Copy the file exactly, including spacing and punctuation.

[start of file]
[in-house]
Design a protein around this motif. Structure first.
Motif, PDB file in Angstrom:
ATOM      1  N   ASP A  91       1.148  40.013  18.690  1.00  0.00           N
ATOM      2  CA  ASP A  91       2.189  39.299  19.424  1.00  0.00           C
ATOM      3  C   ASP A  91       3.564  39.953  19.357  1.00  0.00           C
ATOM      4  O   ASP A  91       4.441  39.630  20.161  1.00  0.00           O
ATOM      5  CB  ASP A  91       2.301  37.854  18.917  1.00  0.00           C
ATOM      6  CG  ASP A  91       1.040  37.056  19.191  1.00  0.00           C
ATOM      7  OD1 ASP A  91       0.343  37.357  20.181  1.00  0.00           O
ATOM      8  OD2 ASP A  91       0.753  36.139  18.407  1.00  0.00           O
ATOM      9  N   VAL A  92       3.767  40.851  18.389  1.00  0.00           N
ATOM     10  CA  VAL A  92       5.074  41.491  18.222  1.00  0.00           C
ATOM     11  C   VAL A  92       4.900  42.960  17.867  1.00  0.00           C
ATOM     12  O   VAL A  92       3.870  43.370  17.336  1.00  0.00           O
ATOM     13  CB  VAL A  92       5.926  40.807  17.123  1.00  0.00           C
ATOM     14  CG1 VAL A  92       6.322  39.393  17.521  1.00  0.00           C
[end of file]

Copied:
[in-house]
Design a protein around this motif. Structure first.
Motif, PDB file in Angstrom:
ATOM      1  N   ASP A  91       1.148  40.013  18.690  1.00  0.00           N
ATOM      2  CA  ASP A  91       2.189  39.299  19.424  1.00  0.00           C
ATOM      3  C   ASP A  91       3.564  39.953  19.357  1.00  0.00           C
ATOM      4  O   ASP A  91       4.441  39.630  20.161  1.00  0.00           O
ATOM      5  CB  ASP A  91       2.301  37.854  18.917  1.00  0.00           C
ATOM      6  CG  ASP A  91       1.040  37.056  19.191  1.00  0.00           C
ATOM      7  OD1 ASP A  91       0.343  37.357  20.181  1.00  0.00           O
ATOM      8  OD2 ASP A  91       0.753  36.139  18.407  1.00  0.00           O
ATOM      9  N   VAL A  92       3.767  40.851  18.389  1.00  0.00           N
ATOM     10  CA  VAL A  92       5.074  41.491  18.222  1.00  0.00           C
ATOM     11  C   VAL A  92       4.900  42.960  17.867  1.00  0.00           C
ATOM     12  O   VAL A  92       3.870  43.370  17.336  1.00  0.00           O
ATOM     13  CB  VAL A  92       5.926  40.807  17.123  1.00  0.00           C
ATOM     14  CG1 VAL A  92       6.322  39.393  17.521  1.00  0.00           C